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adult education budget

Adult Education Budget Alternatives: What options have you got?

The UK government has placed high emphasis and funds on adult education and skills policies. This is proven by the different government-funded programs, like the Adult Education Budget, that are readily available.

These programs are targeted to bridge the skills and education gap among young adults, each with different eligibility requirements.

The Adult Education Budget is one government-funded programme that enables eligible adults to develop their skills, improve employability, and build confidence.

However, you do not have to worry if you are not eligible for this programme, as several alternatives will be discussed in this article.

So, if you want to know more about the different Adult Education Budget Alternatives, keep reading.

But first, let’s discuss the Adult Education Budget and how it works, shall we?

What is the Adult Education Budget?

The Adult Education Budget (AEB) is a long-standing government-funded programme that targets adults above the age of 19 with low education and skill levels. The AEB funds level 3 qualifications and below for these young adults. Besides, this programme was developed to address the skills and education shortages in UK young adults.

Employers also take advantage of this funding to improve the skill set of their employees and enhance their career progression. Low waged learners above 24 can also get funding for level 2 or 3 qualifications.

Plus, some of the specific qualifications funded by the AEB are:

  • English and mathematics
  • Essential Digital Skills qualifications
  • English for non-native English speakers
  • Traineeship
  • Adult community learning
  • First full qualification at level 2
  • First full qualification at level 3

These courses are delivered by different learning providers like sixth-form colleges, independent training providers, universities, adult learning institutes, further education colleges, and employers.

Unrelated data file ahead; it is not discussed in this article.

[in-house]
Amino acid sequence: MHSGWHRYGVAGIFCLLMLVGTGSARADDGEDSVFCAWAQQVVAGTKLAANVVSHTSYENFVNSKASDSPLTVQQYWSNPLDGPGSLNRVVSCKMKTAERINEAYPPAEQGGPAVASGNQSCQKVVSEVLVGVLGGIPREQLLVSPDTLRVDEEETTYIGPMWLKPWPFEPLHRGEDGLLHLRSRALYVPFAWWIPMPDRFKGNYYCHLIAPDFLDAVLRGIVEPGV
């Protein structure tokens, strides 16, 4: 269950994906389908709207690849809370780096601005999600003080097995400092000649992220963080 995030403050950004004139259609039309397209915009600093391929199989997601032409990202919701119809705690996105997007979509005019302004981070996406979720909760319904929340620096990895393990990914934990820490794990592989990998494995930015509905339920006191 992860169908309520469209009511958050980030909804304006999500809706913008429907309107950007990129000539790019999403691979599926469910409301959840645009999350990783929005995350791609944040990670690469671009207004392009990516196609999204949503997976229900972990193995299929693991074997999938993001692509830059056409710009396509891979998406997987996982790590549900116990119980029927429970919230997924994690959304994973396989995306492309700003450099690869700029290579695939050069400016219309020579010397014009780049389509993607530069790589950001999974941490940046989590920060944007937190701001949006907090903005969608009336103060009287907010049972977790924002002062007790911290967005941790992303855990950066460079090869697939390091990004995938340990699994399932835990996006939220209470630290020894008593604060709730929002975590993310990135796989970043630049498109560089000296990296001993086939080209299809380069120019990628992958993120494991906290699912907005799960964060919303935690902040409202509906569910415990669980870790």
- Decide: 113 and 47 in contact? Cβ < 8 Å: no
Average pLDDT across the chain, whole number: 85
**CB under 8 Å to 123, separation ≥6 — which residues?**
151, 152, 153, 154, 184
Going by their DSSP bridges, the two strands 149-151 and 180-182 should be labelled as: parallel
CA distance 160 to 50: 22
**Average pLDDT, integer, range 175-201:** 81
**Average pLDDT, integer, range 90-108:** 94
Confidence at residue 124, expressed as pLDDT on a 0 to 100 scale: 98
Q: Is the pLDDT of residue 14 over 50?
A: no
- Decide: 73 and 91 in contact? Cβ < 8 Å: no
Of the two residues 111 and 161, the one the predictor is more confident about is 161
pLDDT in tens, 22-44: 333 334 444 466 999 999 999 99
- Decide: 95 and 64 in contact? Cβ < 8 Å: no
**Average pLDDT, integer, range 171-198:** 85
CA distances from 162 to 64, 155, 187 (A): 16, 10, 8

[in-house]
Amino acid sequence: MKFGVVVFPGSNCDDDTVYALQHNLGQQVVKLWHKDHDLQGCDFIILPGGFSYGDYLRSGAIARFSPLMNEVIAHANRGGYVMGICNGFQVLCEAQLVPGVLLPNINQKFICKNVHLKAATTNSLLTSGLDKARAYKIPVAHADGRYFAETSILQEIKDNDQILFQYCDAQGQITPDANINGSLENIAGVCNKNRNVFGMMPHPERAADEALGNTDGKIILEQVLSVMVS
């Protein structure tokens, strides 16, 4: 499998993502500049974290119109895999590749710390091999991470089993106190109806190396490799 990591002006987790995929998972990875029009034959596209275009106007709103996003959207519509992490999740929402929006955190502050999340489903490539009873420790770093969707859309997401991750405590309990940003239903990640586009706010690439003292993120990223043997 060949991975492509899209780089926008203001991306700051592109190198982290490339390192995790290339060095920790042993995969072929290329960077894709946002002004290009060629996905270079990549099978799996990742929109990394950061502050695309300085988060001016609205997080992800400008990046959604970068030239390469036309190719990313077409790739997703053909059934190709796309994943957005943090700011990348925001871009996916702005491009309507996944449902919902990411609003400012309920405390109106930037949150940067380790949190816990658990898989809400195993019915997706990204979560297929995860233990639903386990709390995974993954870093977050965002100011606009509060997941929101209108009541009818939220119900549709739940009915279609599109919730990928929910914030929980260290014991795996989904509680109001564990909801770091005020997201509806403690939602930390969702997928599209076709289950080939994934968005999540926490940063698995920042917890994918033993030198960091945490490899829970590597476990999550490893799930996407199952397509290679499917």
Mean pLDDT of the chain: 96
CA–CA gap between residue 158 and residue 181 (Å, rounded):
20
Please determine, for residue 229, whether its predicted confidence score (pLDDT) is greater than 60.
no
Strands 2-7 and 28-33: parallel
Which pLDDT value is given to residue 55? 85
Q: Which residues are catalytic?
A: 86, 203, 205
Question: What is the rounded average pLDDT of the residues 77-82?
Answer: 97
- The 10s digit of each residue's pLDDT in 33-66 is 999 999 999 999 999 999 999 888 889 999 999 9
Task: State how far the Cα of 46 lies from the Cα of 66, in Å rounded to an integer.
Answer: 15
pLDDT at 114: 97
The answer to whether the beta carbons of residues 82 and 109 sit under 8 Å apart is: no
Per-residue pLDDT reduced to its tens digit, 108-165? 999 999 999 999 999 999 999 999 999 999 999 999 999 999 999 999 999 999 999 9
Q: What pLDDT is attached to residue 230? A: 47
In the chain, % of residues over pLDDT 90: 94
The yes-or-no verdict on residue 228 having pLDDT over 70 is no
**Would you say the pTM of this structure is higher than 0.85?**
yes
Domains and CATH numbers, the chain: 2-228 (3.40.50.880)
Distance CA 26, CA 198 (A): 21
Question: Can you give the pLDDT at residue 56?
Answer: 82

Since 2019, Mayoral Combined Authorities (MCAs) and the Greater London Authority (GLA) have been responsible for the annual fund management and allocation.

Now that we’ve discussed the Adult Education Budget, let’s look at the alternatives, shall we?

Adult Education Budget Alternatives

1. National Skills Fund

If you are over 24, you can use the National Skills funding opportunity to get a Level 3 qualification – which you would’ve been ineligible to get with the Adult Education Budget fund.

This programme, launched in April 2021, is dedicated to helping adults get the qualifications and skills needed to improve their career prospects. The National Skills Fund, through the Free Courses for Jobs, allocates over £1 billion to help eligible adults get access to over 400 free Level 3 courses. Plus, it removes age and financial barriers usually included in other adult education funding programs.

These free Level 3 courses available through this fund have been identified as good wage outcome courses –meaning that adults that take these courses have a higher chance of securing good-paying jobs. The National Skills Fund also offers Skills Bootcamps, flexible courses for up to 16 weeks to eligible adults. Some of the courses available through the National Skills Fund include:

  • Agriculture
  • Business management
  • Catering
  • Childcare
  • Digital
  • Healthcare
  • Accounting
  • Engineering
  • Construction
  • Green Skills
  • Hospitality
  • Mathematics
  • Manufacturing
  • Science
  • Medicine
  • Warehousing
  • Teaching
  • Public Services
  • Transportation operations

Like the Adult Education Budget, the National Skills Fund courses are delivered by different learning providers, like universities, independent training providers, employers, and others. If you are eligible for this funding, you can use the National Careers Service course finder to find the free courses you want to apply for.

Additionally, confirm the admissions criteria with the training provider before applying.

2. Advanced Learner Loans

Advanced Learner Loans are UK government-backed funds dedicated to helping individuals with the course costs delivered through a college or independent training provider. Like the National Skills Fund, there is no financial barrier to getting this loan – it is not dependent on your income or credit. Rather, eligibility for this loan is dependent on age, course, nationality, residency status, and training provider.

The eligible courses for these loans must be offered at an approved training provider or college in England and must be of level 3 or higher qualifications. Different funding is available for learners who want to study in Northern Ireland, Scotland, or Wales.